Funding flexibility is likely to be greater post June 2021 as a new Government Policy Statement, National Land Transport Programme and Auckland Council 10-year budget are developed, and as some committed projects are completed. However, multi-year commitments to the delivery of several large-scale infrastructure projects, such as the City Rail Link, will continue to place post 2021 transport budgets under strain.

Timing and sequencing of the ATAP 10-year programme will be updated as part of normal transport planning and budgeting processes. Placing a strong ‘mode shift lens’ on this work is an important part of ensuring phasing and spend on transport in Auckland supports ongoing mode shift to public transport, walking and cycling. Accelerating mode shift initiatives in future transport funding plans will require additional funding or placing greater priority on accelerating mode shift within existing funding levels, meaning other priorities are progressed more slowly.

Thankfully though, it seems like a lot of extra transport funding is going to become available as the Government ramps up its investment into infrastructure. With mode shift such a high priority for the Government, this plan provides a great platform for where this investment should be targeted in Auckland. A much larger and more quickly delivered programme of bus and cycle lanes – alongside earlier delivery of some major rapid transit corridors – are noted as the highest priority areas for further investment in the Plan. It will be great to see these initiatives roll out more quickly.

Like I said yesterday with the NZTA Mode Shift Plan, this plan for Auckland gives me hope that the transport agencies are getting their act together. With significant extra transport funding now available and a comprehensive plan to guide where it should be focused, the huge opportunity to accelerate mode shift and support Auckland’s transformation to a world-class city is one step closer to being a reality.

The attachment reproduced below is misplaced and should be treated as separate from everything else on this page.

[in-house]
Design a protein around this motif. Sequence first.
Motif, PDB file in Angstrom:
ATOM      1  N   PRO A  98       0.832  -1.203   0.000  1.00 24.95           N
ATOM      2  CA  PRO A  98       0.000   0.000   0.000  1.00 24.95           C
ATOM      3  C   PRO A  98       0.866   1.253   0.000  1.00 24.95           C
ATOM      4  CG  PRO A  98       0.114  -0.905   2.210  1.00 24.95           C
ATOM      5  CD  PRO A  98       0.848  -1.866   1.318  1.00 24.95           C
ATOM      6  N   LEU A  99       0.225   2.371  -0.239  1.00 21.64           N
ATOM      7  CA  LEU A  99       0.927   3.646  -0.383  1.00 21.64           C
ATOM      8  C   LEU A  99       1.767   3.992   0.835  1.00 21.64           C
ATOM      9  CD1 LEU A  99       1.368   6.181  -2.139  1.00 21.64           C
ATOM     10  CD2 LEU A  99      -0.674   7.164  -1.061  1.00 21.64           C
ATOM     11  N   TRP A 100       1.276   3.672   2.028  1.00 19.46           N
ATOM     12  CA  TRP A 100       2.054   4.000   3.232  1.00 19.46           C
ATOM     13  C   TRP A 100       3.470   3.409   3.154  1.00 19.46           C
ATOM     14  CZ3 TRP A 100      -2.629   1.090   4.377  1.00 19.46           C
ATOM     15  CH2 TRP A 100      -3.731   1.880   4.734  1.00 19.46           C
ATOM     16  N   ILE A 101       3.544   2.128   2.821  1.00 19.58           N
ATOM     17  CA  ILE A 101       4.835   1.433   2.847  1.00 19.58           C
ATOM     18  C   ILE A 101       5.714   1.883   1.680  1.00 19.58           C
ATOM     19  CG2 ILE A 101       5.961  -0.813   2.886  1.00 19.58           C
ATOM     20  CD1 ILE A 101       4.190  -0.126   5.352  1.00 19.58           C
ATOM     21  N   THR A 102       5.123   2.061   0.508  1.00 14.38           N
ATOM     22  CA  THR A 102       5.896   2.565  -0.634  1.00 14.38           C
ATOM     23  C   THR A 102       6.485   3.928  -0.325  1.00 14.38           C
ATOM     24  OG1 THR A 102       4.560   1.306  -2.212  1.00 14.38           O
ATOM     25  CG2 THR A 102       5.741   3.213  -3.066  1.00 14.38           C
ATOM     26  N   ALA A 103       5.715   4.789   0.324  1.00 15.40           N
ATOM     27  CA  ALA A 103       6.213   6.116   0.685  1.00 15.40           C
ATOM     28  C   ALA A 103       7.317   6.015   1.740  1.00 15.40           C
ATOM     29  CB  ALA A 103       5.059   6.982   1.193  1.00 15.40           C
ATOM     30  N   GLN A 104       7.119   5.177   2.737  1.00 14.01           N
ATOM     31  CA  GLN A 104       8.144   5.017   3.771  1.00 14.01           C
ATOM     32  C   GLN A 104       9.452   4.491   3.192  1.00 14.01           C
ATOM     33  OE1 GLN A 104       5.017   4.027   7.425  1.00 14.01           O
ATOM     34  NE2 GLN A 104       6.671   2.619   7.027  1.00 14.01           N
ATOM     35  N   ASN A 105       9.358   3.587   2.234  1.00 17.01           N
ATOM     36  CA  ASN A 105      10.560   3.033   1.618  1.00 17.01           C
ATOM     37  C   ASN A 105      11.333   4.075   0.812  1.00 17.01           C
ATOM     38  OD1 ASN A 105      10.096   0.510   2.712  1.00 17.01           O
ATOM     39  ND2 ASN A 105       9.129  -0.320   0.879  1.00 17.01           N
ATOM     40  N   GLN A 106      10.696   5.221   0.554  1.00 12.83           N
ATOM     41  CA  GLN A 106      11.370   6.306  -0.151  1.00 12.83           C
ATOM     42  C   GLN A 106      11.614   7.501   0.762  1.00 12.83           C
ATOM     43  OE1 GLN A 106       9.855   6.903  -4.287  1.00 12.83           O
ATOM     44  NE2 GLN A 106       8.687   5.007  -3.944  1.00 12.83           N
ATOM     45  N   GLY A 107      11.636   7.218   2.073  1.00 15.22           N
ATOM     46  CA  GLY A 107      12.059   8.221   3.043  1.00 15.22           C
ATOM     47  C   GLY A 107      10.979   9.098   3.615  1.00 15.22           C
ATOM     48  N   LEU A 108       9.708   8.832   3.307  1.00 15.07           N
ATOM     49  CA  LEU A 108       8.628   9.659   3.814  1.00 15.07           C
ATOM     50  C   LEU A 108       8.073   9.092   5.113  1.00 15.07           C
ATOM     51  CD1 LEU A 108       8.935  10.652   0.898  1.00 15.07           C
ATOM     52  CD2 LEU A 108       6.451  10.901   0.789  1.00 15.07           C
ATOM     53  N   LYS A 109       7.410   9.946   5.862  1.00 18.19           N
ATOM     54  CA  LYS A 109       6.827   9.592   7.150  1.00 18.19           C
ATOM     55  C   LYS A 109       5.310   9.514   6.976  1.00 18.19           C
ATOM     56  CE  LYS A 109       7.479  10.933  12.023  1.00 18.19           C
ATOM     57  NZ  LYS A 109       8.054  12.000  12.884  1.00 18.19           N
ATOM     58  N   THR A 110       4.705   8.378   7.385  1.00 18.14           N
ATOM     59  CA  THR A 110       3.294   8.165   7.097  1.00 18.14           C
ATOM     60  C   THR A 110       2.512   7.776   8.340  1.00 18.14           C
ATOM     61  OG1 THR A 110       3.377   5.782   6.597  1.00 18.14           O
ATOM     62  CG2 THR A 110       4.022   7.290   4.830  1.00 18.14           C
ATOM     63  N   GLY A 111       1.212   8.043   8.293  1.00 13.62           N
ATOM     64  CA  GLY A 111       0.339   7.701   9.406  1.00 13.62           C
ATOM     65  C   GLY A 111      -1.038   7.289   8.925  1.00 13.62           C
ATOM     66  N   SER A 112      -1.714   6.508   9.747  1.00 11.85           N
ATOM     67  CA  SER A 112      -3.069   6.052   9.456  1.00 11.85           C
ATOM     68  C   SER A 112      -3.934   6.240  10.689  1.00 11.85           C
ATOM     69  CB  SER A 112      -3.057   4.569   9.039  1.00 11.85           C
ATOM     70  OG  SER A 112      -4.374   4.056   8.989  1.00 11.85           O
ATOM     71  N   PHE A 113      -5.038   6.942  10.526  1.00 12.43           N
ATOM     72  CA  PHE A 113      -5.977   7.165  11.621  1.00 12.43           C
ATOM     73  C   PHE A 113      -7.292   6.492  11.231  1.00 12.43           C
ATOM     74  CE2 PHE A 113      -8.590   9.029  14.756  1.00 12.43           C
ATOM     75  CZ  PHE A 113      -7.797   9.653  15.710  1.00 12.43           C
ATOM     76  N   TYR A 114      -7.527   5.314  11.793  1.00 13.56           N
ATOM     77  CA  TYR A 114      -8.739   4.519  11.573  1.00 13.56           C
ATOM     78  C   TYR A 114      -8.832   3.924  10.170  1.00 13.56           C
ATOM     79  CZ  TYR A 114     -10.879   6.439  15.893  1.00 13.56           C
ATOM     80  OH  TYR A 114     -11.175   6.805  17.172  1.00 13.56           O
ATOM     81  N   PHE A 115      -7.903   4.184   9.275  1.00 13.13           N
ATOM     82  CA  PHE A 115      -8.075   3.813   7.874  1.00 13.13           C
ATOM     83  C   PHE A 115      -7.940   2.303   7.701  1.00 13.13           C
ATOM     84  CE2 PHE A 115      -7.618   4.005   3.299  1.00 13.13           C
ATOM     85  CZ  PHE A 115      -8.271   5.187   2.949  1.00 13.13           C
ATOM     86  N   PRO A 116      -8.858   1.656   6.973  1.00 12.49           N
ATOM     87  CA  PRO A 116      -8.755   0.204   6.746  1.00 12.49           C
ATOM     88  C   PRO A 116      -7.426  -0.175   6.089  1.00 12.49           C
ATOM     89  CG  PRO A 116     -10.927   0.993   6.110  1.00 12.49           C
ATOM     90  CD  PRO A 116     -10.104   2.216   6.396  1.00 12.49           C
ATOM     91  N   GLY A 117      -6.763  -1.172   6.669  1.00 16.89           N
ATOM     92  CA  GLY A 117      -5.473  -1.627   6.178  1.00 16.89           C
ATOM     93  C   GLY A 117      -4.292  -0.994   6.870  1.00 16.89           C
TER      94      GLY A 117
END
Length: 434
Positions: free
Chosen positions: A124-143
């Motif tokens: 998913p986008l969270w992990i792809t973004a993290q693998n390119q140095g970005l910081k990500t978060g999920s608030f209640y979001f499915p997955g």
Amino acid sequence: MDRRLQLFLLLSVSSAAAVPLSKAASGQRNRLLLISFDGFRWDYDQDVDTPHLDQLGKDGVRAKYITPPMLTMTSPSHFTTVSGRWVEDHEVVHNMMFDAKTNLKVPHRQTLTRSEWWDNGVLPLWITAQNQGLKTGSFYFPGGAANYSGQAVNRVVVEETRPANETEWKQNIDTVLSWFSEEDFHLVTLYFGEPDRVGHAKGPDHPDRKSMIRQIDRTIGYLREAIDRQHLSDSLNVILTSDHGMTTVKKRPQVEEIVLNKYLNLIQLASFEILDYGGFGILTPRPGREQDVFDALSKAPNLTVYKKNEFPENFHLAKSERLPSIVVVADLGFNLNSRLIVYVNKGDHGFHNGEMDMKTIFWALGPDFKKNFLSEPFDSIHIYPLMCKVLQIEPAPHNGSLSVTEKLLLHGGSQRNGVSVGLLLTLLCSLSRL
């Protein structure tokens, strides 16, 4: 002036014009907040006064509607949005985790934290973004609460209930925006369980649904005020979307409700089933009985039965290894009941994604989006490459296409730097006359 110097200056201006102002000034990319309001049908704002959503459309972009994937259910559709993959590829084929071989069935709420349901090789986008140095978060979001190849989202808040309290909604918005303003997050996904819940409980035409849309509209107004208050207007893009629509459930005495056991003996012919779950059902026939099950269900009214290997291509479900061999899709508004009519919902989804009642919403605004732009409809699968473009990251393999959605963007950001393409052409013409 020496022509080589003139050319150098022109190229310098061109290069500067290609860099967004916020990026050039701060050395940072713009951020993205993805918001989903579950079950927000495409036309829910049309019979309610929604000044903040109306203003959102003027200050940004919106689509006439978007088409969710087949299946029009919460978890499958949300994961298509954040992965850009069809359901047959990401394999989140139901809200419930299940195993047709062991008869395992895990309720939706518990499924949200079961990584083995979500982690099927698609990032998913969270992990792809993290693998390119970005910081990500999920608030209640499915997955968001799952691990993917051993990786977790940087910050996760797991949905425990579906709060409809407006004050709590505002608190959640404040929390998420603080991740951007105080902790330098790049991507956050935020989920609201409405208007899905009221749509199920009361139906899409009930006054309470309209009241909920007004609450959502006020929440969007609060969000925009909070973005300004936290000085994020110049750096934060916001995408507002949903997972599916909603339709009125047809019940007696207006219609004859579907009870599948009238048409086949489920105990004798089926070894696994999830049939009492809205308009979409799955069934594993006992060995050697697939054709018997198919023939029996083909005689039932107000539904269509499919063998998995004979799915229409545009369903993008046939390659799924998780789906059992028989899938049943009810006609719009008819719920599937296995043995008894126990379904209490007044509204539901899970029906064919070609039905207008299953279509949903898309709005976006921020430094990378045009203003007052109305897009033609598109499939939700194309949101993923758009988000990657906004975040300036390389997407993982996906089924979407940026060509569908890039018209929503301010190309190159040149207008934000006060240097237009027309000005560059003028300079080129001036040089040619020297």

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  1. It’s great that some officials out there finally seem to be getting it. A shame that National don’t, based off their attrocious transport discussion document yesterday which pretty much just talked about building roads. I honestly find their obsession with roads baffling

    1. Listening to Chris Bishop and Phil Twyford on Morning Report I fear that Bishop will be an even worse Transport Minister after the next election than Twyford

        1. To be fair Simon Bridges wasn’t actually that bad as transport minister. National are taking a massive step “right” in every way, I am guessing to try and steal some of the NZ first vote.
          Last election we had two good centrist parties to vote for; this election we will have a much further right National party and a Labour party that can only deliver on their lefty policies. We are starting to get the political problems that other countries got a decade ago.

        2. Follow the money, road builders make a lot of money from building roads and keeping the cat dependancy going. They are obviously going to generously donate money to political parties that keep that going.

        3. Pray tell Vance, how many dedicated busways and bus lanes have been built lately in NZ, compared to motorways?

        4. It would be a very long bow to draw to suggest that any of the existing RONs or proposed RONs have had any significant benefit to bus operations across the country.

        5. I’m guessing that most Auckland buses would be running on roads that were built before cars even arrived in NZ.

      1. Chris Bishop is an even lesser man than Phil Twyford in every respect so I’ve always expected him to be an even worse transport minister.
        Beyond his stupid promotion of a new Melling interchange: I’m not sure if I expect him to keep true to his words though. He seems like the sort who’s more talk than action.

    2. “I honestly find their obsession with roads baffling”.